A surrogacy agency will ask a potential surrogate many questions including her feelings about selective reduction and termination. It is important that an applicant be honest with exher answers. By doing so, an agency can match her with likeminded intending parents.
Why Surrogates Need to Check on PGD Testing
While potential surrogates research agencies, they may want to add one more thing on their checklist. And that is finding out if an agency works with fertility clinics that perform a Preimplantation Genetic Diagnosis (PGD). This means that embryos undergo tests for possible genetic defects.
The tests include the following:
- Preimplantation Genetic Screening (PGS) for at embryos which may be at risk for genetic diseases such as cystic fibrosis or sickle cell anemia.
- Complete Chromosomal Screening (CCS) tests embryos at risk for diseases such as Down syndrome, Trisomy 21, Edwards syndrome, and Patau syndrome.
These tests are known to be up to 98 percent accurate. PGD will help reduce the likelihood of terminating a pregnancy. Testing is done before an embryo transfer.
What is Selective Reduction?
In some instances, intending parents may decide to have their surrogate undergo a selective reduction. It’s a decision not made lightly.
A reduction may be necessary to protect the health and wellness of a surrogate or fetuses. For example, to reduce the number of fetuses from triplets to a single or twin pregnancy.
While a selective reduction is the most commonly used term, the procedure is also known as MFPR (multifetal pregnancy reduction) or selective termination.
Are Reduction and Termination Different from Abortion?
Is there a difference between reduction, termination, and abortion? As far as Breana J., an admissions coordinator at Extraordinary Conceptions is concerned, there is a clear one.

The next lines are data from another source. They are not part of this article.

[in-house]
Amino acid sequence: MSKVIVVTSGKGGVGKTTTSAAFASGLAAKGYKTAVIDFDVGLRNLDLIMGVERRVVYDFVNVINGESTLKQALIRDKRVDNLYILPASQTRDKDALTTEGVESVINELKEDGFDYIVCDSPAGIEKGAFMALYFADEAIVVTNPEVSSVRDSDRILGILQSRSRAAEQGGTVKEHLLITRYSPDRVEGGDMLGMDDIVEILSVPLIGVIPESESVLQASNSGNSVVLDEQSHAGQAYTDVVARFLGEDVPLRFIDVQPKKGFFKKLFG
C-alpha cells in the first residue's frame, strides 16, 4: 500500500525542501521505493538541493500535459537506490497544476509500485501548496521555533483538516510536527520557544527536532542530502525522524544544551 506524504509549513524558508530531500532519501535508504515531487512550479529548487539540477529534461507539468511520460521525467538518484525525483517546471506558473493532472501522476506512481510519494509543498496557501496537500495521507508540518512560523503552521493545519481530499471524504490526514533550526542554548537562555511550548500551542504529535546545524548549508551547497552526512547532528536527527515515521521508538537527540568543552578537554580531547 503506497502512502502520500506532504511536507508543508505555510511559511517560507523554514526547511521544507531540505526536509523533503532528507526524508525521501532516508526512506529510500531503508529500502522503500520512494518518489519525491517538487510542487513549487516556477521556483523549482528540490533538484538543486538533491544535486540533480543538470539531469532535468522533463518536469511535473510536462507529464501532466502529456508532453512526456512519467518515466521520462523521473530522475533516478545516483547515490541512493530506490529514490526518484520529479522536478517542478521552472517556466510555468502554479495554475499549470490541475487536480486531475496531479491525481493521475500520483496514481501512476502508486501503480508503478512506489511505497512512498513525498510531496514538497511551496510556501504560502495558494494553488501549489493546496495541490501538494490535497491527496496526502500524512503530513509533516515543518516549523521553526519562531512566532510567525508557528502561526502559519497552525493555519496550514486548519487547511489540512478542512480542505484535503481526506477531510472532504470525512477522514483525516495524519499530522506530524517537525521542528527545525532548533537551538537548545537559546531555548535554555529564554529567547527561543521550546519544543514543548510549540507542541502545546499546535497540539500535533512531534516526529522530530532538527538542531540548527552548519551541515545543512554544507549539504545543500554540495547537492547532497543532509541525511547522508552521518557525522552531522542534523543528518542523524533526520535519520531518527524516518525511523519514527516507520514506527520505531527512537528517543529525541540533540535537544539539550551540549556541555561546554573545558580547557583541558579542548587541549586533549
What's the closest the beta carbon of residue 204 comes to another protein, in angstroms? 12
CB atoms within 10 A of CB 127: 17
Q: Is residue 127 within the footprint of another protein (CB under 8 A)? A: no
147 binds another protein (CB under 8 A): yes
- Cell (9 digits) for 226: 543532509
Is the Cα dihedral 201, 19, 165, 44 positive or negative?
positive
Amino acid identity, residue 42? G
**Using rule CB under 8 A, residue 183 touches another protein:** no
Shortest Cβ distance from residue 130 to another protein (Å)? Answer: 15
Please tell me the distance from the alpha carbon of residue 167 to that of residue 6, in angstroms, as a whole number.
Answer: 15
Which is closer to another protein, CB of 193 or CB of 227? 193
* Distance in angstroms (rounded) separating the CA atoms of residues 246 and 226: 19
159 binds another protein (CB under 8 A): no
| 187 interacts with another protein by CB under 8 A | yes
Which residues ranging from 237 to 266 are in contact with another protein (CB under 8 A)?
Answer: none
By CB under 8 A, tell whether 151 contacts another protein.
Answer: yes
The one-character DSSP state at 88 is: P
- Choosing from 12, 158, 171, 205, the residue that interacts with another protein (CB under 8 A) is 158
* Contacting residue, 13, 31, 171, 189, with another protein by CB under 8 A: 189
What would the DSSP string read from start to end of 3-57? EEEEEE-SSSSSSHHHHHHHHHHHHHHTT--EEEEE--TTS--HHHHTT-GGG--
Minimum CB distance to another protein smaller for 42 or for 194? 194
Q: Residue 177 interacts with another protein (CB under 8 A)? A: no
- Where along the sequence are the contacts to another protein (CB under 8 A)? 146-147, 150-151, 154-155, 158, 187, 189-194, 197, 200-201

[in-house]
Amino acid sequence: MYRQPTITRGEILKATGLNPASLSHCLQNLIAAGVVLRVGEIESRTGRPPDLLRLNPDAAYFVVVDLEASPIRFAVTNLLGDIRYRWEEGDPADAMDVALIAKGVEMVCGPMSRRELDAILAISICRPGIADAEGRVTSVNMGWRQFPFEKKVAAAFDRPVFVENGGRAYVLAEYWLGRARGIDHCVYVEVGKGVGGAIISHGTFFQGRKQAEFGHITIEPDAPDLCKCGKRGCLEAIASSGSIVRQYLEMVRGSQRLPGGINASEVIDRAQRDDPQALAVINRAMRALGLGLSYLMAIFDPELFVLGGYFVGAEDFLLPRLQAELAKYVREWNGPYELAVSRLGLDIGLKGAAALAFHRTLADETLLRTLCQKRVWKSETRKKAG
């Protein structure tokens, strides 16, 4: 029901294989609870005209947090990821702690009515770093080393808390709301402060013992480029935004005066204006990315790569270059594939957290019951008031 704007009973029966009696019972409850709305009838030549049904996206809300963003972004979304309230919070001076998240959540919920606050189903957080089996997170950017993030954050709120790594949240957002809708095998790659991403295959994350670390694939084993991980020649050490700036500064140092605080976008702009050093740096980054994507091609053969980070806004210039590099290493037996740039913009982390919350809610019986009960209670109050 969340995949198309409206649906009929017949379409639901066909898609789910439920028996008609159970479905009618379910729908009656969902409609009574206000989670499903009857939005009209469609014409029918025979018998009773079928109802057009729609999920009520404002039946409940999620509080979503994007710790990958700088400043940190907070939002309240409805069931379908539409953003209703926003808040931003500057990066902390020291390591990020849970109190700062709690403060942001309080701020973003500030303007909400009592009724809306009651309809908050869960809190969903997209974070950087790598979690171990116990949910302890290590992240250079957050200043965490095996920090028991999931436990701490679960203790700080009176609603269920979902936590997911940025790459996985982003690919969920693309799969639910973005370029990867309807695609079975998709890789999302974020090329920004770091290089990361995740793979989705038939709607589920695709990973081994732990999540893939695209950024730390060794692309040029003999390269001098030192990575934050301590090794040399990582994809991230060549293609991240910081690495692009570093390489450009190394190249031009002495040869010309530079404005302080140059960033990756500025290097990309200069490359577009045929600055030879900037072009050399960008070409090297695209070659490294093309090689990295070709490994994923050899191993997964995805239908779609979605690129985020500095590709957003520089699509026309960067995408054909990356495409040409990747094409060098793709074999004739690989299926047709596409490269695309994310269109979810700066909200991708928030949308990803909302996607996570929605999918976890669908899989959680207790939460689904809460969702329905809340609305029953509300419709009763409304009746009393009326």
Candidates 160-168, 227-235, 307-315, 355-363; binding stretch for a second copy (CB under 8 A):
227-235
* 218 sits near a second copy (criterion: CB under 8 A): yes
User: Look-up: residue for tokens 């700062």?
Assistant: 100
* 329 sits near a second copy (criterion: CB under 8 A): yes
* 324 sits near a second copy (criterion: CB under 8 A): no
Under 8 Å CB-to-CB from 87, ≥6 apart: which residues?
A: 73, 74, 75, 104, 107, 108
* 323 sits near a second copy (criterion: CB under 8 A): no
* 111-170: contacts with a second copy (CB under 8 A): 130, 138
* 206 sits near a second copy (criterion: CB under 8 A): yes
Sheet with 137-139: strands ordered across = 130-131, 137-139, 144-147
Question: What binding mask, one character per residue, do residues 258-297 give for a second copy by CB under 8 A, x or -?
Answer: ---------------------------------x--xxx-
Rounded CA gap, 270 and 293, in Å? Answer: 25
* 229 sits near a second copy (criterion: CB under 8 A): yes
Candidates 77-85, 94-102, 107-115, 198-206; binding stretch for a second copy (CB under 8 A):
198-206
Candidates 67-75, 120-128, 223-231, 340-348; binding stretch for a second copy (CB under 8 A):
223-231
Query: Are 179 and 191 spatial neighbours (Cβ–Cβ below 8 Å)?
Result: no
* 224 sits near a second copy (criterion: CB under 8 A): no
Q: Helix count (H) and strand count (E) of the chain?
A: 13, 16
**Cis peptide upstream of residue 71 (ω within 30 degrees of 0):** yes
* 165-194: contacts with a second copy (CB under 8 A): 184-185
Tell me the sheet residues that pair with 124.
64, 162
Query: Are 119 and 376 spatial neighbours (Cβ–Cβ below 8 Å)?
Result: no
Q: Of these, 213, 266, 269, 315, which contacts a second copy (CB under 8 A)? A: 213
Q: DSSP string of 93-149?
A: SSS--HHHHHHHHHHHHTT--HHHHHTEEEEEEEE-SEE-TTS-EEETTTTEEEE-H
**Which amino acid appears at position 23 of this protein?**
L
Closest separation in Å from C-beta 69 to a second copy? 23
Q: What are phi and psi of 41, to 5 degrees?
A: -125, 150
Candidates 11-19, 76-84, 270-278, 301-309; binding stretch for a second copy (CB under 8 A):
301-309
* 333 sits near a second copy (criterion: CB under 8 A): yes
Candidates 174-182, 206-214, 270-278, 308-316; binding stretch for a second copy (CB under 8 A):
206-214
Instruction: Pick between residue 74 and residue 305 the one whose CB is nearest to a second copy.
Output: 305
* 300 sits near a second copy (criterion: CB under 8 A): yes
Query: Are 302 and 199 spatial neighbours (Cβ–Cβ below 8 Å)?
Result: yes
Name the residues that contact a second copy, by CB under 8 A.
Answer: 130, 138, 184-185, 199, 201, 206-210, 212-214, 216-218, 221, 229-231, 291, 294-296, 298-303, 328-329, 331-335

“Abortion is referred more to as an unwanted baby,” Breana said. “I can assure that in surrogacy these babies are extremely wanted.”
Breana went on to say that reduction and termination is very different from abortion.
As mentioned earlier, intending parents choose selective reduction to lower the number of fetuses. On the other hand, termination is different.
“A termination happens when there is a medical condition that cannot be fixed with surgery outside of your womb. This health issue would affect the quality of life in that baby,” Breana said.
Starting the Dialogue
An agency wants to know a surrogate applicant’s feelings about termination and reduction.
“When we talk about the topic of reduction and termination, we never make a surrogate do anything that they don’t feel comfortable with doing,” Breana said. “We try to match her based on her beliefs. If she’s not okay with termination or reduction for any reason, then that’s something we will work with.”
Breana said that an intending parent match may take a little longer for a woman that opposes termination and reduction. And that’s fine. The goal is to connect surrogates with the right intending parents.
“We try to make sure everyone is on the same page about this,” she said.